Setup Sign In/Out Actions

To implement user authentication in out app, we'll need to define actions for signing in and out. We can do this on the application route with the injected session property.

// app/routes/application.js
import Ember from 'ember';

export default Ember.Route.extend({  
  beforeModel: function() {
    return this.get('session').fetch().catch(function() {

  actions: {

What we are doing here is simply using the beforeModel hook to fetch the session on the application route to be able to be used in the actions.

// app/routes/application.js
actions: {  
    signIn: function(provider) {
      this.get('session').open('firebase', {
        provider: provider,
      }).then(function(data) {

    signOut: function() {

The signIn action simply opens up a Firebase session and passes in the third-party provider we want to authenticate with. We will be able to define what provider to use when calling the actions in our templates later on.

The signOut action then simply closes the session once the user has clicked our 'Sign Out' button.

Implement Actions on the Templates

Now that the actions have been defined, we can call them in a template to allow a user to be authenticated using a provider. To do this, we can create a button or link and use an Ember action. The action in the template will call the signIn action, and we can pass in the service we want as the provider parameter.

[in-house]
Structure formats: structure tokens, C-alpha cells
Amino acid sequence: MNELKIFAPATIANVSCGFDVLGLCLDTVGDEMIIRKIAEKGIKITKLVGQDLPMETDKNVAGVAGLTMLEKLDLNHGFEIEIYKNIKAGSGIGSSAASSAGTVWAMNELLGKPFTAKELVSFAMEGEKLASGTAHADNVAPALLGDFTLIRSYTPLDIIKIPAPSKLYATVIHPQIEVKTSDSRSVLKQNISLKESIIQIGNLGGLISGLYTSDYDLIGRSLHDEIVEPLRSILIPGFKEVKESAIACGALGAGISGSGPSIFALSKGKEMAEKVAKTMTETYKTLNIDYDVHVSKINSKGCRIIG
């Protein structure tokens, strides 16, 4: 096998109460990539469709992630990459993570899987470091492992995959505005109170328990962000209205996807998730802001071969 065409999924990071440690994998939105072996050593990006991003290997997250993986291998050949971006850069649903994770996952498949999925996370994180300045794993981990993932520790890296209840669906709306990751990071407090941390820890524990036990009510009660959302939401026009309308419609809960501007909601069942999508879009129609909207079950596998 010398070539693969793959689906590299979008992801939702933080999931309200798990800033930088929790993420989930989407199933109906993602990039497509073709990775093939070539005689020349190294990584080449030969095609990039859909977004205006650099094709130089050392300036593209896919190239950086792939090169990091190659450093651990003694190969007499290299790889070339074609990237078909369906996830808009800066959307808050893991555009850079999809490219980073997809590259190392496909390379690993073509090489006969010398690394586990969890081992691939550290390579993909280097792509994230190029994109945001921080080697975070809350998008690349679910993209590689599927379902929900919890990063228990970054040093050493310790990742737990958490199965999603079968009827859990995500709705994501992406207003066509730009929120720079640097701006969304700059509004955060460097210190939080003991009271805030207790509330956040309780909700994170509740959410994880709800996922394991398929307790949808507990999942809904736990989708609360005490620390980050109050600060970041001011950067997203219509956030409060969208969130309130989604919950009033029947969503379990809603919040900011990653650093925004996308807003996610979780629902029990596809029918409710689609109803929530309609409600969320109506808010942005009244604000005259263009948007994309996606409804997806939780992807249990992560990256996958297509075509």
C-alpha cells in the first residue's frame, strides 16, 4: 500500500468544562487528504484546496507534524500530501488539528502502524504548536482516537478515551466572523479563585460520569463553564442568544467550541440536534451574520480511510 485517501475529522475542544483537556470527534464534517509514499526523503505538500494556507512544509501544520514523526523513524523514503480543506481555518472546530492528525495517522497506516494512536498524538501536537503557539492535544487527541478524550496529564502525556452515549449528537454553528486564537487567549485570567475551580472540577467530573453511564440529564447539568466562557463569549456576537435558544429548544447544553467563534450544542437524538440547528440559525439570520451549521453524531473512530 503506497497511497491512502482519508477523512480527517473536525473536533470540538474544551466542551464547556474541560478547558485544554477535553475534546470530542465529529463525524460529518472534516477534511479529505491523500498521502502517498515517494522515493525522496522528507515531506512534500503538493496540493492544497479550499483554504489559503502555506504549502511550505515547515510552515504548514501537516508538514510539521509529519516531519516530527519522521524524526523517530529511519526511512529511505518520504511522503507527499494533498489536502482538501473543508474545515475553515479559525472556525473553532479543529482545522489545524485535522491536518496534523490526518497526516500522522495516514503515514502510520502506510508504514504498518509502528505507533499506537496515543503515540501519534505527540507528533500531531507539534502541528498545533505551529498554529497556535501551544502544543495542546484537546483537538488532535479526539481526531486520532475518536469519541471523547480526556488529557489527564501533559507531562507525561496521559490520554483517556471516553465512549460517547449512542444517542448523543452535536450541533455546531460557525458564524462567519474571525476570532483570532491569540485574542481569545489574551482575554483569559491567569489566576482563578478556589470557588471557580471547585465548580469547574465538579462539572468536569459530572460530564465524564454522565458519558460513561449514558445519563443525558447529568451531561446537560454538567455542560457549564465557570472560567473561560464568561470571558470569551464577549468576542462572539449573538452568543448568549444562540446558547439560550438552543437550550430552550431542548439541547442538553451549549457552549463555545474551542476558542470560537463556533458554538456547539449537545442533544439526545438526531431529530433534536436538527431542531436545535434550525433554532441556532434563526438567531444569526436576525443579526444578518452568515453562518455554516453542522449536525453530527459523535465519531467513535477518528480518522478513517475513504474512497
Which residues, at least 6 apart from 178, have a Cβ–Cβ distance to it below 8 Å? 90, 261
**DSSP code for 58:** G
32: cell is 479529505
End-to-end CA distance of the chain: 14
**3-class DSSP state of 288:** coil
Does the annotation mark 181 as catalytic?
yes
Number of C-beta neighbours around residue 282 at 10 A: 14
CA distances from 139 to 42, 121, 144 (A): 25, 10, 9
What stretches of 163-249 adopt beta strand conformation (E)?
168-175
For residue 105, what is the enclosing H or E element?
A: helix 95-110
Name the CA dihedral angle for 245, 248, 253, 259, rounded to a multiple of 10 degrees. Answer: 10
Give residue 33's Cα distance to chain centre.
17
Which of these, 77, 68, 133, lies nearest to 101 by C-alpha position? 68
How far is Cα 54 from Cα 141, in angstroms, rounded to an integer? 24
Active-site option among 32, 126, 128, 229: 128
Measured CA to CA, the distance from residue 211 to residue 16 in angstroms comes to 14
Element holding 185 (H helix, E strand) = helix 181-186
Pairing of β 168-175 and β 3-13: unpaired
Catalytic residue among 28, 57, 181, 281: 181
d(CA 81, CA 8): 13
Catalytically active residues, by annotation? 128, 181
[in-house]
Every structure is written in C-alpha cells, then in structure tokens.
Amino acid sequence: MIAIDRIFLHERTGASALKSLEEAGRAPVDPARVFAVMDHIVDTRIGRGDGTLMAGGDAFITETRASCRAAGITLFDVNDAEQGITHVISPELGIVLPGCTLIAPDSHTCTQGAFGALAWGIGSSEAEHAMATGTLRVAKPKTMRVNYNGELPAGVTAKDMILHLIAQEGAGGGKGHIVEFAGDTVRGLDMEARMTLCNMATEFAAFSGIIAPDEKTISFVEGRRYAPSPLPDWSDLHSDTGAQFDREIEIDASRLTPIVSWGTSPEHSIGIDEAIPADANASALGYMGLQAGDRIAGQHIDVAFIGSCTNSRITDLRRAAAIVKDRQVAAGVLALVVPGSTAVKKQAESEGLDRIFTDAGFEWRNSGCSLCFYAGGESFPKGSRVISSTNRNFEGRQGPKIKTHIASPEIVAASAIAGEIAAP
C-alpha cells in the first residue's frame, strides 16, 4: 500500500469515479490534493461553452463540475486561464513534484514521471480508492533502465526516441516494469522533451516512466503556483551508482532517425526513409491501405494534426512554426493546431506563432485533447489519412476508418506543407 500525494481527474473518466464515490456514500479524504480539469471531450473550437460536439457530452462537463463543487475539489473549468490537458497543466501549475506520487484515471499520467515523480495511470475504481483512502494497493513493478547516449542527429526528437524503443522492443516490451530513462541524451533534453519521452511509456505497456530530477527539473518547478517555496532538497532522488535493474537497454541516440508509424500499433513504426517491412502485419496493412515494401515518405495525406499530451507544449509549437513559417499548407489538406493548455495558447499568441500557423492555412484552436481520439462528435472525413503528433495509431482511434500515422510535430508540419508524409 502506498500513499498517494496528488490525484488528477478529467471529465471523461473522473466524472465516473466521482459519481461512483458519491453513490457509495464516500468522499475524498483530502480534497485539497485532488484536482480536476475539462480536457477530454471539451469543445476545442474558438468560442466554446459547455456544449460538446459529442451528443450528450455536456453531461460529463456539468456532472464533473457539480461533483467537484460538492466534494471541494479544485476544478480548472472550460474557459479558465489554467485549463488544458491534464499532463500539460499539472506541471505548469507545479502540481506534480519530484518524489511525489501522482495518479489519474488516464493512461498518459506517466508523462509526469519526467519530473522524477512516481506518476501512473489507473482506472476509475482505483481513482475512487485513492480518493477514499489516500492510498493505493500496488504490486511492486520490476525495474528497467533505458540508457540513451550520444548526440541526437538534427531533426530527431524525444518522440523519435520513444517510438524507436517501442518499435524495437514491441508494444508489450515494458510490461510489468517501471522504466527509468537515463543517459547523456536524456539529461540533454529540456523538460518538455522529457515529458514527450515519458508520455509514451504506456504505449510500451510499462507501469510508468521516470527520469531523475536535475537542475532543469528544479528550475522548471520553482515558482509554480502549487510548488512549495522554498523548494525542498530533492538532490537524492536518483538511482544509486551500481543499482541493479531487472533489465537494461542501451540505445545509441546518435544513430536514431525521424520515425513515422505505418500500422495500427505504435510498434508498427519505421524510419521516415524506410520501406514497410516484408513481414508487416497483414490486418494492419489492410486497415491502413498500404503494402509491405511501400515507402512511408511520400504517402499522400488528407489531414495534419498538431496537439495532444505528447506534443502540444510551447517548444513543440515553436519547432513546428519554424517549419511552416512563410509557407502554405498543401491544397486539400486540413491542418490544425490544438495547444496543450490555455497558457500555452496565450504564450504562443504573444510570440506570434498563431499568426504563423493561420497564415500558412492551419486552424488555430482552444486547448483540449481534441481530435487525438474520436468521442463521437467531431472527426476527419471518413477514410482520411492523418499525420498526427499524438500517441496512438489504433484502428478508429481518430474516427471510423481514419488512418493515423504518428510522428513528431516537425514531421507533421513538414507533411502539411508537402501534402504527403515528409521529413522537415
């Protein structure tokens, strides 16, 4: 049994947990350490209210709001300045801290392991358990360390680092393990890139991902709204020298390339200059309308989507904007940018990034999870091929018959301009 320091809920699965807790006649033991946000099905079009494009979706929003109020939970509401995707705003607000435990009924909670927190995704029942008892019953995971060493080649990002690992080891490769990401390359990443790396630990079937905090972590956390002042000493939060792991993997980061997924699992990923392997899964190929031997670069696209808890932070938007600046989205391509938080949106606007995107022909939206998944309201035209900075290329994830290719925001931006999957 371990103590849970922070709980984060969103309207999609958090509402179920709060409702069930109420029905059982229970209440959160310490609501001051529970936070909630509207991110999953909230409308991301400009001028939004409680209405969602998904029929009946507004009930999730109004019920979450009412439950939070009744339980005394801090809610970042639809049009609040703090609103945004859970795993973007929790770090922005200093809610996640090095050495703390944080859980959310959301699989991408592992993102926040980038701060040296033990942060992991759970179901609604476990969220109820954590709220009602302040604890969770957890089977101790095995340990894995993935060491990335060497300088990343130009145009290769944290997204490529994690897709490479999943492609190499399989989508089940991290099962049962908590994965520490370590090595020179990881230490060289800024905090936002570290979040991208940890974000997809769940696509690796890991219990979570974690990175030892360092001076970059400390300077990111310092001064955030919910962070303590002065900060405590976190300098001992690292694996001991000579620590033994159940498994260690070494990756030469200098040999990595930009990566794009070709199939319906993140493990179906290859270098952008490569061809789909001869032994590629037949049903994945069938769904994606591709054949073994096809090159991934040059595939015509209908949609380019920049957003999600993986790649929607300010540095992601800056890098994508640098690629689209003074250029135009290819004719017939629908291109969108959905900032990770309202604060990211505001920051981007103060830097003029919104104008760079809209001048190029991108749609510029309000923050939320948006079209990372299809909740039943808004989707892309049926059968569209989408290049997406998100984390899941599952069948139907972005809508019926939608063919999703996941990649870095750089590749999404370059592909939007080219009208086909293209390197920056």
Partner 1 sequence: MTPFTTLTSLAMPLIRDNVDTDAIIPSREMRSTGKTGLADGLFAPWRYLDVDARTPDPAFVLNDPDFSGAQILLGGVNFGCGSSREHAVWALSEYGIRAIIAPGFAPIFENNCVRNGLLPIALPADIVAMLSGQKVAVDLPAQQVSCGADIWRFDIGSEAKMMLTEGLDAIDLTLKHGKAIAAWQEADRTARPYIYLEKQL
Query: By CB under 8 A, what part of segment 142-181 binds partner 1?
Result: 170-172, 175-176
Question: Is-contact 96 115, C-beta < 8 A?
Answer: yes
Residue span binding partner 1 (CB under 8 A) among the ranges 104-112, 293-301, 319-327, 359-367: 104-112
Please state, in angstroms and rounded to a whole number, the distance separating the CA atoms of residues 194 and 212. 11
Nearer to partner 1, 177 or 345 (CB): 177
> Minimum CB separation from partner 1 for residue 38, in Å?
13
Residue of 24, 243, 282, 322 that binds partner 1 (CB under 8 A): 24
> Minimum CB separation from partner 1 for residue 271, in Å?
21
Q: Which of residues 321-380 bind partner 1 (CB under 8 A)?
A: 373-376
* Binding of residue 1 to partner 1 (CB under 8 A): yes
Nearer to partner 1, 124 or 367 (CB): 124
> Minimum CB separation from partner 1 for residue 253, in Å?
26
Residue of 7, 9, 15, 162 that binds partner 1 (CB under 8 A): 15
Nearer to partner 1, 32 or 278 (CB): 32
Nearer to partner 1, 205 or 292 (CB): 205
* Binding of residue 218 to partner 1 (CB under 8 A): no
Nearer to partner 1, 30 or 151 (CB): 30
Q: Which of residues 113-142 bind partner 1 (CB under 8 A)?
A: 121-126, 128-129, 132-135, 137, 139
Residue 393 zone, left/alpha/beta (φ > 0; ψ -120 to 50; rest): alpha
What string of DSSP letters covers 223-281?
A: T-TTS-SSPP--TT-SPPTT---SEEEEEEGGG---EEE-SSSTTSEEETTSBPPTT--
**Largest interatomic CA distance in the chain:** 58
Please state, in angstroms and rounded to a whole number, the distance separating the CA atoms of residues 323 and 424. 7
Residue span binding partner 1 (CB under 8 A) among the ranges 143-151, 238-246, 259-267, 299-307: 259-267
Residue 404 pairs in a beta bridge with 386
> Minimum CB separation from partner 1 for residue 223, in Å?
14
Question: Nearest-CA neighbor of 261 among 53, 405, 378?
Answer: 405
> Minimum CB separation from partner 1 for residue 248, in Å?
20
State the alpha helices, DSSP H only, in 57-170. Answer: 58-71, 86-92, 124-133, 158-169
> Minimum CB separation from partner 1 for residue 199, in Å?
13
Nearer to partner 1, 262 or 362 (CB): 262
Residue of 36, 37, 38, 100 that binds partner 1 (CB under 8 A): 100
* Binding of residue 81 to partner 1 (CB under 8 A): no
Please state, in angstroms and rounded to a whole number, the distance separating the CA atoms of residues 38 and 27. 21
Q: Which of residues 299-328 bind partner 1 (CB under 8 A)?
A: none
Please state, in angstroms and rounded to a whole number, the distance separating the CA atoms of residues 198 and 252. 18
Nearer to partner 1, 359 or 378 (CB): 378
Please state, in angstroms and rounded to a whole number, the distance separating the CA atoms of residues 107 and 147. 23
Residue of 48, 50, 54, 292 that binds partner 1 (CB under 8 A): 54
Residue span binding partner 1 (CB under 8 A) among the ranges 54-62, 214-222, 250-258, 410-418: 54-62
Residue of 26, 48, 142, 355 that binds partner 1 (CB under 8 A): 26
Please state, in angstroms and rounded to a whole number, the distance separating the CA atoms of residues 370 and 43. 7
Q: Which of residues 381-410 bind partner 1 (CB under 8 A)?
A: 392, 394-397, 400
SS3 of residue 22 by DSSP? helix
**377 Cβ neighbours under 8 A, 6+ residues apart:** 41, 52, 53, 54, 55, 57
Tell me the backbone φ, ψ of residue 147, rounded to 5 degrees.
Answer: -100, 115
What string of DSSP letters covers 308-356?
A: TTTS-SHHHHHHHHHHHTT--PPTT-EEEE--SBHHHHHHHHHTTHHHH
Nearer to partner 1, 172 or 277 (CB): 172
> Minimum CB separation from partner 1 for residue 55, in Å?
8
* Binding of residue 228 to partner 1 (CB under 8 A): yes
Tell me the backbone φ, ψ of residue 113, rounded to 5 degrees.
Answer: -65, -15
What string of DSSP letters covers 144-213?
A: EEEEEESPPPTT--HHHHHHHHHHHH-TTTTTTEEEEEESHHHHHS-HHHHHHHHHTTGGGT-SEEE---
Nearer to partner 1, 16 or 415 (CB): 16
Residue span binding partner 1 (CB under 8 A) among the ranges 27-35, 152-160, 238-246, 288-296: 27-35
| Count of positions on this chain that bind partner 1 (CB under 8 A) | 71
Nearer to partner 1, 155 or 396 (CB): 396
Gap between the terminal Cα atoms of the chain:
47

<!-- app/templates/index.hbs -->

<a {{action "signIn" "facebook"}} class="btn">{{fa-icon "facebook"}}</a>  
<a {{action "signIn" "twitter"}} class="btn">{{fa-icon "twitter"}}</a>  
<a {{action "signIn" "github"}} class="btn">{{fa-icon "github"}}</a>  
<a {{action "signIn" "google"}} class="btn">{{fa-icon "google"}}</a>  

This will render four links with icons for each service to allow a user to authenticate with their chosen service. When a button is clicked, a pop-up window will be displayed to allow you to log in with Google, for instance, and a new session will be started.

Once a user is authenticated, we can show that this has worked by displaying a 'logged in' message on the screen. We will also have a log out link, to allow the user to end their session.

<!-- app/templates/index.hbs -->

{{#if session.isAuthenticated}}
    <span>Currently logged in as {{session.currentUser.displayName}} with 
    {{session.provider}} - <a {{action "signOut"}}>Sign out</a></span>

We can go a step further and only allow the user to interact with the app if they are authenticated. using the {{#if session.isAuthenticated}} helper, we are able to control what a user is able to do when they are logged in or out of the app.

{{#if session.isAuthenticated}}
   {{partial "index"}}

When the user is authenticated, the current template will be rendered inside of the application's {{outlet}}.

So now if we tried to navigate to around the app while still unauthenticated, we'd be displayed with the 'Please log in to continue' message, instead of being shown the selected route's template.

You should now have a working Ember app, complete with third-party authentication. This simple solution is great because it will allow you to spend more time working on what your app is actually supposed to do.

You can check out the whole example project on a repository here.

If you liked this post, you can check out some of my other posts on Ember.js and Firebase on my blog.